Like any human endeavor, the City of Augusta is fraught with problems.
But which one is the direst of all?
I thought I’d ask that question of the 10 people vying in contested elections to sit on the Augusta Commission. It’s not the toughest of questions, but it’s a hard one to duck, dodge or hedge on, and their answers give an interesting peek inside their heads.
As I’ve interviewed them over the past few weeks, I asked each candidate, “What is the most pressing issue facing Augusta right now?”
Matt Aitken: “Lack of progress as a city. I think we see other communities around that are growing, and we’re not.”
Bill Fennoy: “I would think that the most pressing issue facing Augusta is lack of economic development. I think that Augusta has lost some jobs that we have not been able to replace. We must do something to bring jobs to Augusta. We must do something to train our citizens to be able to step into those jobs.”
JoRae Jenkins: “The diversity on the commission. Just dealing with race all the time. I believe we just need to pull it together and stop voting on race and start voting on issues.”
Anthony Jones: “Jobs. There are a lot less of them, and I see a lot of people that need assistance day to day. I guess unemployment would be the biggest issue.”
Butch Palmer: “Vitalization. There’s been a whole bunch of emphasis placed on Broad Street, but the surrounding neighborhoods near Broad Street don’t have the disposable incomes to enjoy the goods and services of downtown. We need people who own and occupy their homes. It would be a safer, cleaner, nicer city. We need to do a government incentive to attract homebuyers back to the urban core. There’s a wealth of white and black people that will move to downtown once you get rid of the trash. And by no means am I talking about displacement. Displacement happens gradually. It’s a natural process.”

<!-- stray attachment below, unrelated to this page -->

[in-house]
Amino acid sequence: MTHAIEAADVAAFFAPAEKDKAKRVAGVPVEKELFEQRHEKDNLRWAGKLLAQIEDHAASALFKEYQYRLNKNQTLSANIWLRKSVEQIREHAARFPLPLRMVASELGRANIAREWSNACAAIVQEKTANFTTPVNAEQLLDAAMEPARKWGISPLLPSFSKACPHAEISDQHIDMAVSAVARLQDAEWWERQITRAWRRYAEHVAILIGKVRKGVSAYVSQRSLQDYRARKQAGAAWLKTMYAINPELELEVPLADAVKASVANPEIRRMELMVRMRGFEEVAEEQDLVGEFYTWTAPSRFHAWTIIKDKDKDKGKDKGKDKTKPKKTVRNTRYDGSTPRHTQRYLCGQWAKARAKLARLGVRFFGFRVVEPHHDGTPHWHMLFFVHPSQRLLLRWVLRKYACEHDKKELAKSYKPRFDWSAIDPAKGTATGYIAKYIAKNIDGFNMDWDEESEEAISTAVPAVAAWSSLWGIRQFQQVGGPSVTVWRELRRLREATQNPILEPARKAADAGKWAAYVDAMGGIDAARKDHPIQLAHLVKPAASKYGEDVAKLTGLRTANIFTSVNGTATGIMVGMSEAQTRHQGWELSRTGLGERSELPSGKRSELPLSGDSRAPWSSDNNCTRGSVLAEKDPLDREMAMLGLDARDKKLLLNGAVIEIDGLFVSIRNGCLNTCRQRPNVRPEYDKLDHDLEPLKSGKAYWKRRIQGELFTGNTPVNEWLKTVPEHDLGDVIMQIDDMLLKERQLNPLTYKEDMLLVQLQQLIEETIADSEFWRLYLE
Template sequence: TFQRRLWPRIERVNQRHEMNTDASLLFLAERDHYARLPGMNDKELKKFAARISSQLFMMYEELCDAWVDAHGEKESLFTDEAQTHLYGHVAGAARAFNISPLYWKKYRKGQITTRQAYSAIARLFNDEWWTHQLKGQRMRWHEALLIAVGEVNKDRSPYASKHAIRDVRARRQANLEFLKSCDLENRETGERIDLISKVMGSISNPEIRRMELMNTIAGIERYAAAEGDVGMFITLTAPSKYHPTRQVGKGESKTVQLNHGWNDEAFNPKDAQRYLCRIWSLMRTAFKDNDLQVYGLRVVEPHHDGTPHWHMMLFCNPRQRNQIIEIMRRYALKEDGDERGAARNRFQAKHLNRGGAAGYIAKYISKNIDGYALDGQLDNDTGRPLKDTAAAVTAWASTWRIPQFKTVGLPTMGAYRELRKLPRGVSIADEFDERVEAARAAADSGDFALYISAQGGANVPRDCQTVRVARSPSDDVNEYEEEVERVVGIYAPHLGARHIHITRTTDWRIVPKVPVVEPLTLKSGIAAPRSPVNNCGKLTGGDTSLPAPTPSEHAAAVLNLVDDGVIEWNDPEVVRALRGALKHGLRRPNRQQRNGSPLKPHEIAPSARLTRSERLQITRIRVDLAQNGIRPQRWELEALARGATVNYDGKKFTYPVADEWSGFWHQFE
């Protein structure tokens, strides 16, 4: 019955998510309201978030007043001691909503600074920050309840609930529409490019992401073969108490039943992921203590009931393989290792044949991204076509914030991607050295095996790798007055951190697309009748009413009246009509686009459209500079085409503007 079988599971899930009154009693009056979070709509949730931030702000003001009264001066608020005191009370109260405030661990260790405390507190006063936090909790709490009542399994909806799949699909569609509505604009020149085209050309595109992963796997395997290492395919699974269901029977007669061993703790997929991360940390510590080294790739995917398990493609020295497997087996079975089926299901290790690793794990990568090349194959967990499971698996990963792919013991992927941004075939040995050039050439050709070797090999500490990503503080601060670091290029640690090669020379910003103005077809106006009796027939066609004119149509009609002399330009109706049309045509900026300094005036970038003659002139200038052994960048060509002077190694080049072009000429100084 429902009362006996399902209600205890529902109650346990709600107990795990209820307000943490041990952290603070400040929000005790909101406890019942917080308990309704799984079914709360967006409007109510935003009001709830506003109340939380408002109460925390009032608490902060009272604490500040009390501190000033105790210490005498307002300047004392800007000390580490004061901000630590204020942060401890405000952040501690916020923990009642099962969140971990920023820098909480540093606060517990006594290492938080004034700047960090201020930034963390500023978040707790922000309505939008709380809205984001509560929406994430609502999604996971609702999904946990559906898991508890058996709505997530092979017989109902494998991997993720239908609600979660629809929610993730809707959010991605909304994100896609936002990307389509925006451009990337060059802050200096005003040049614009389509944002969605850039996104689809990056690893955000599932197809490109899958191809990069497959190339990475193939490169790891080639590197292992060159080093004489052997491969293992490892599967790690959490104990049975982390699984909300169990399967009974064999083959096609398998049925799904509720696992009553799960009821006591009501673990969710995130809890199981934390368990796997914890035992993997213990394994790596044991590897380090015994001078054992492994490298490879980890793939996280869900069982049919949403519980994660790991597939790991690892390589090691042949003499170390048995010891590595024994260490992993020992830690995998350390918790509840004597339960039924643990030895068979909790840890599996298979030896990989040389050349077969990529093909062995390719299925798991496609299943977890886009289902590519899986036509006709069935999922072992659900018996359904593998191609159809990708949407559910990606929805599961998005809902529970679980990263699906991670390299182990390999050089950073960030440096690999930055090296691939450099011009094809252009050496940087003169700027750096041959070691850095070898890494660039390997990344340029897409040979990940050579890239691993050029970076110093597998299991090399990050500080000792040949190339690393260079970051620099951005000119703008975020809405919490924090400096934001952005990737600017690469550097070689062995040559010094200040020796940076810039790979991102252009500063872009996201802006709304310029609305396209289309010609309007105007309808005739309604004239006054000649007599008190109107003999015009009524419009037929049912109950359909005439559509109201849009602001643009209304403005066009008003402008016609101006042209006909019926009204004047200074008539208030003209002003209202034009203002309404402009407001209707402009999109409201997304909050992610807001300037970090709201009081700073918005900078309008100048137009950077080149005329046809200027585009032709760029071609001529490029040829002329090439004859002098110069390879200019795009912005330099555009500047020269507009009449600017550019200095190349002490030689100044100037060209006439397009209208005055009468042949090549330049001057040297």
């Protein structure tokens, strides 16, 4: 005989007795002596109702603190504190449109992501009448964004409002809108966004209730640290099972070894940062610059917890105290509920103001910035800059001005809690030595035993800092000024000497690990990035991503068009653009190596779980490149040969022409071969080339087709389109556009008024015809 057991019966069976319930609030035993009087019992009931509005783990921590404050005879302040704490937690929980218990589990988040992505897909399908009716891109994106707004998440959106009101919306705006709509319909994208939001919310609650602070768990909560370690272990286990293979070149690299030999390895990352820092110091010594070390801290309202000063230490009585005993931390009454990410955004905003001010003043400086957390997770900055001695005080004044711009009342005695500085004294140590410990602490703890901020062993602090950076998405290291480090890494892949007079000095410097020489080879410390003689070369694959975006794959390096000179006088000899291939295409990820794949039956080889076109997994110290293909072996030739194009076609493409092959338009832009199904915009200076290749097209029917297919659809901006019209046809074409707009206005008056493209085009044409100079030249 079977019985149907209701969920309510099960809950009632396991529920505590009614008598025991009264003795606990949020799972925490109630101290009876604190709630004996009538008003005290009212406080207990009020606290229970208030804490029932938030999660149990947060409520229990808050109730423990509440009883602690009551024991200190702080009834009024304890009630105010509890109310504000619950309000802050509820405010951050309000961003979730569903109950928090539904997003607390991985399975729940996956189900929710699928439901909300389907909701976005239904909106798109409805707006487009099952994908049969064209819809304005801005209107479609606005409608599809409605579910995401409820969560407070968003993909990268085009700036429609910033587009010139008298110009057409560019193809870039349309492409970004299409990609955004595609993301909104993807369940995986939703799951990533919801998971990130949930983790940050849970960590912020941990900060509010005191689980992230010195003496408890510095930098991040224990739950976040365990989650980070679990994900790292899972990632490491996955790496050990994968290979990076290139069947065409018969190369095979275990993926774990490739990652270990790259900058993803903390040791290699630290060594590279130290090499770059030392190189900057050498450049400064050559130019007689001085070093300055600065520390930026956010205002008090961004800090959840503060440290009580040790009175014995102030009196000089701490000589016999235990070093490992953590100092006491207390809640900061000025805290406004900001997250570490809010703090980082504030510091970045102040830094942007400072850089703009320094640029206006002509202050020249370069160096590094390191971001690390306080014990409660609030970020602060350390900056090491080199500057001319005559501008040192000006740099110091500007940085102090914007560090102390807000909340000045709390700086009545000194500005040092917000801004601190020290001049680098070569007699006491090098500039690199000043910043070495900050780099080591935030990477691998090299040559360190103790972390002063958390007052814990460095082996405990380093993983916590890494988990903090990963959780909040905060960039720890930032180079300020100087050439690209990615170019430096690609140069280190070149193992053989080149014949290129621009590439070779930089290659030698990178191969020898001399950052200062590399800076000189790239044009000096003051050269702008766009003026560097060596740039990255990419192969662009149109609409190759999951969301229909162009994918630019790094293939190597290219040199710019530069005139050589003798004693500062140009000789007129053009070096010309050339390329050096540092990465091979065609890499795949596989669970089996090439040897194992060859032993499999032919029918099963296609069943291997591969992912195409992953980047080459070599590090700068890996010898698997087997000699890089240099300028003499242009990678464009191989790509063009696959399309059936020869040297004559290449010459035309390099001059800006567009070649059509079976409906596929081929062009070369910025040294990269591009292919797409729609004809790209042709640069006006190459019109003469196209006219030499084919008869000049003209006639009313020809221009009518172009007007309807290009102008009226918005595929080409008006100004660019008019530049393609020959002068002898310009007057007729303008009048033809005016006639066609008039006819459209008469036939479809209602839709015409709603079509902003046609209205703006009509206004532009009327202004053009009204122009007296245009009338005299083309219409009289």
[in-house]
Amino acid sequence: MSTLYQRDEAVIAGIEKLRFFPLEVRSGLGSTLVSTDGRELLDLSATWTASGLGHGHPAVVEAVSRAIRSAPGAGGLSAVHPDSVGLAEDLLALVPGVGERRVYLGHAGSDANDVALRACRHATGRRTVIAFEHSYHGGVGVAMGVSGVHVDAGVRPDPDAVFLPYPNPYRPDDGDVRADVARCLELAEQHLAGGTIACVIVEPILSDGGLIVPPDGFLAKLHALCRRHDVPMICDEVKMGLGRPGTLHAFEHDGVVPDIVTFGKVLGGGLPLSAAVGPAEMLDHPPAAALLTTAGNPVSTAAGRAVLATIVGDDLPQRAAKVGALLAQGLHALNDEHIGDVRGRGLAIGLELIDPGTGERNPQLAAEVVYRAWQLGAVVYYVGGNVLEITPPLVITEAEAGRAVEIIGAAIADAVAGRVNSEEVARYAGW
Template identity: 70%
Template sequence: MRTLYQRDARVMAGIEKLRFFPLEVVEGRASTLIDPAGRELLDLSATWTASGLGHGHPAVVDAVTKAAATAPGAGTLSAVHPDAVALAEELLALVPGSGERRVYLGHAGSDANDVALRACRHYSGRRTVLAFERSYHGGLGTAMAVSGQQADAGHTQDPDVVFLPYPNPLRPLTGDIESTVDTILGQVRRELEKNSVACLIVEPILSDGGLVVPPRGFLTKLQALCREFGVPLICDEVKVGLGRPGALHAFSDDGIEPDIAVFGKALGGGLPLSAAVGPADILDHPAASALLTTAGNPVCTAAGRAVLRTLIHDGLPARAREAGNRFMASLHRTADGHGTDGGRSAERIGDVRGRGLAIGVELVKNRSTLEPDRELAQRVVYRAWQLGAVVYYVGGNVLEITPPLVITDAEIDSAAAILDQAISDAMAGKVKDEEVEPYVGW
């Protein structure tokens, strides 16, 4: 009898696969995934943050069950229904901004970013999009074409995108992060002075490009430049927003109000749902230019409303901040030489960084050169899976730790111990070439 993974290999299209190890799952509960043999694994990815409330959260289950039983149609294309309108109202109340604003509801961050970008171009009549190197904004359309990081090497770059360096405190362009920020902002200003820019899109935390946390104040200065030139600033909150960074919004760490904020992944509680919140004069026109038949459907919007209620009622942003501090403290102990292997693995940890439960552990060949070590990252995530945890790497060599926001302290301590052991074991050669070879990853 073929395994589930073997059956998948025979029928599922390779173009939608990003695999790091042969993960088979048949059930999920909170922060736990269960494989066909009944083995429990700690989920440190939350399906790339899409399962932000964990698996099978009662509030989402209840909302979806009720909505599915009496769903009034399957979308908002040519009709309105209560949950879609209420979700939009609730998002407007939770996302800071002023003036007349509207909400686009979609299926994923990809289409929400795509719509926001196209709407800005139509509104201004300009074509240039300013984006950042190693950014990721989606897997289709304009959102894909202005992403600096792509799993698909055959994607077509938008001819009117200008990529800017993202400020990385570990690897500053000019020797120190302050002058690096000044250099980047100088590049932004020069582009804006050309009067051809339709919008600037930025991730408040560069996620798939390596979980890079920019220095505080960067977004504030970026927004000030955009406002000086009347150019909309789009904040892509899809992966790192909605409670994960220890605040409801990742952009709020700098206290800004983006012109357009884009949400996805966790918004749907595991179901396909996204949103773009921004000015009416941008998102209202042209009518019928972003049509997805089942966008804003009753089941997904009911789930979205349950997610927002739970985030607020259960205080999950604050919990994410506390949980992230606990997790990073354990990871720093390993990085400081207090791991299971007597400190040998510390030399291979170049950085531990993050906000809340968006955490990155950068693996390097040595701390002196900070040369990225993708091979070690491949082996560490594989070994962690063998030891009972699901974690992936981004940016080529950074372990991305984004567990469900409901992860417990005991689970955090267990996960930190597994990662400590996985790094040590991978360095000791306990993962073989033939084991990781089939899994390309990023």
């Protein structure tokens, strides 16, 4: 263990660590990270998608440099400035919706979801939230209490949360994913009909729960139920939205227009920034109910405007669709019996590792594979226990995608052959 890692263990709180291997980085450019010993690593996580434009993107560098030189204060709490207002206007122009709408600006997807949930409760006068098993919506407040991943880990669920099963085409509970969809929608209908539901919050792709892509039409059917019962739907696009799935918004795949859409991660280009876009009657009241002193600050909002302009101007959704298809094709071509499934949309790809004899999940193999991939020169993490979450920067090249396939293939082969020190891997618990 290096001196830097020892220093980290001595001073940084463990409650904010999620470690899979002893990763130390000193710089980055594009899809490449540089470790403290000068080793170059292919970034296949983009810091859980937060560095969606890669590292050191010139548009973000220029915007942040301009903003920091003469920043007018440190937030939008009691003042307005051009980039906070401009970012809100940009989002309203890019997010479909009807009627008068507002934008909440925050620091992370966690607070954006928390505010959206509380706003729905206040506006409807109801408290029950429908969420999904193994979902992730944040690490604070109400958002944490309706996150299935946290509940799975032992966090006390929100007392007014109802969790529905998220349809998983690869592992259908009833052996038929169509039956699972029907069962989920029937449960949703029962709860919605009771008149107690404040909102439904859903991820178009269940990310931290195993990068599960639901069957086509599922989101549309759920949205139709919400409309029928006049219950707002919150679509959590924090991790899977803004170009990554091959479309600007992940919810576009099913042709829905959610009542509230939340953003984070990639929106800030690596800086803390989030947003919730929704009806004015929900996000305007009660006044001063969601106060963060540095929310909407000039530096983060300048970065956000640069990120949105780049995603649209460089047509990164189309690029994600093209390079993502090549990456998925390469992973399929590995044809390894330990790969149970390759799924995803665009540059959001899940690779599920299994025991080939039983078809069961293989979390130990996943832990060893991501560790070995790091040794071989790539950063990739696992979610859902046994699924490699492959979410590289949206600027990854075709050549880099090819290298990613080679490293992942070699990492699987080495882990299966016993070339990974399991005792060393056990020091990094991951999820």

Joe Bowles: “Public perception. When you look at the events that have happened in the press involving commissioners – whether it’s their fault or not – and open records, I think there are a lot of people who think that the government’s trying to operate under a veil of secrecy.”
Joy B. Mitchell-Booker: “Unemployment. We’ve got a lot of people that have lost jobs because of the economic situation, and that’s hurting us real bad. We’ve got people losing their houses left and right, simply because they’ve lost their jobs or gone out of business.”
Cleveland O’Steen: “I just think they (commissioners) need to work together. That’s the biggest thing. Work together and be up front with the citizens. It’s accountability.”
Bobby Hankerson: “We’re gonna’ have to get past the negativity, the bribery and scheming. When those things happen, it’s impossible for us to move forward. The biggest issue is to get past that. It’s just creating an atmosphere where we cannot progress, while these things are happening. We need things to stimulate growth in Augusta.”
Bill Lockett: “Jobs. When I say jobs, I mean good-paying jobs. Augusta’s not as bad as some places, but we still have a relatively high unemployment rate.”
Another problem we face: apathy.
According to Richmond County Board of Elections Executive Director, turnout on Nov. 3 is expected to be around 20 percent. While that would be much better than the 8.71 percent who turned out for the June sales tax referendum, it’s still pathetic. That’s 20 percent of registered voters, mind you, not the population at large.
For those of you interested in local government, the Augusta-Richmond County Committee for Good Government will hold a candidate forum tonight at 7 p.m. at the Julian Smith BBQ Pit on Milledge Road.
Each candidate who shows up will get three minutes to speak, and the committee will endorse candidates for commission seats and the vacant District 5 seat on the Richmond County School Board.